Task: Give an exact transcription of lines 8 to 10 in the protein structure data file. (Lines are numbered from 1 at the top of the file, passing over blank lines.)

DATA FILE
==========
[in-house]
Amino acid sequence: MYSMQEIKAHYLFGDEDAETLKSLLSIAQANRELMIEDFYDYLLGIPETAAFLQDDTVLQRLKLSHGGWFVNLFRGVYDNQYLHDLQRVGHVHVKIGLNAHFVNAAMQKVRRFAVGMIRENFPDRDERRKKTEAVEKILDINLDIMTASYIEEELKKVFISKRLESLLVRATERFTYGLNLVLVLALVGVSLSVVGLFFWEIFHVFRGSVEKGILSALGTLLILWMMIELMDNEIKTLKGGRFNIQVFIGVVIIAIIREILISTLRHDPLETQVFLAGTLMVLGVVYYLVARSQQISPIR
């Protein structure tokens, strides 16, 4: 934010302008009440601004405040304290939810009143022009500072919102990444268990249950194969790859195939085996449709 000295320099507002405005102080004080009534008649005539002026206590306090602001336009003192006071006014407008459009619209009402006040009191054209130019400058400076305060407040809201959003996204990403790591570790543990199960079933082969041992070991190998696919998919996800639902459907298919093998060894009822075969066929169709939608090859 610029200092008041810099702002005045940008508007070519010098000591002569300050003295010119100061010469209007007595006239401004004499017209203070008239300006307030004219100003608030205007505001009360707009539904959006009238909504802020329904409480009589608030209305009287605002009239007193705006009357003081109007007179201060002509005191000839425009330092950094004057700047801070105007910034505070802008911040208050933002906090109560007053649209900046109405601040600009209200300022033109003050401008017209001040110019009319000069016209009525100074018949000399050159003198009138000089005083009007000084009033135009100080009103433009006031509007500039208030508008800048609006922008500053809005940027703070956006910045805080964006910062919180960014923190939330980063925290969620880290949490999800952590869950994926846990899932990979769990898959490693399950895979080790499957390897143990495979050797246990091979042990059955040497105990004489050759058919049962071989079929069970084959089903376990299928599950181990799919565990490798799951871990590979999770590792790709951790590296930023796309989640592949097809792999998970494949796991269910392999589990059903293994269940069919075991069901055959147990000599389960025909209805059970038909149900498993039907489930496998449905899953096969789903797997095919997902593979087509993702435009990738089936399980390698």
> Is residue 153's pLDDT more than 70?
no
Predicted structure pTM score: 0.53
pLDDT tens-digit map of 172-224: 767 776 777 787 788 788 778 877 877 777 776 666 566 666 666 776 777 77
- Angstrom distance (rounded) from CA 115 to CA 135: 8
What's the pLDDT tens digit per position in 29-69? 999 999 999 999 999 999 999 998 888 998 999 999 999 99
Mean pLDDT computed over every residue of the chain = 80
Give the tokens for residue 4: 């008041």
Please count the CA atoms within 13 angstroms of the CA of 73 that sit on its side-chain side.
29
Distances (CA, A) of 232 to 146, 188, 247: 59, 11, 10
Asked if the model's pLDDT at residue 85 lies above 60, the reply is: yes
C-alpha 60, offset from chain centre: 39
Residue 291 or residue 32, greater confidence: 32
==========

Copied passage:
- Angstrom distance (rounded) from CA 115 to CA 135: 8
What's the pLDDT tens digit per position in 29-69? 999 999 999 999 999 999 999 998 888 998 999 999 999 99
Mean pLDDT computed over every residue of the chain = 80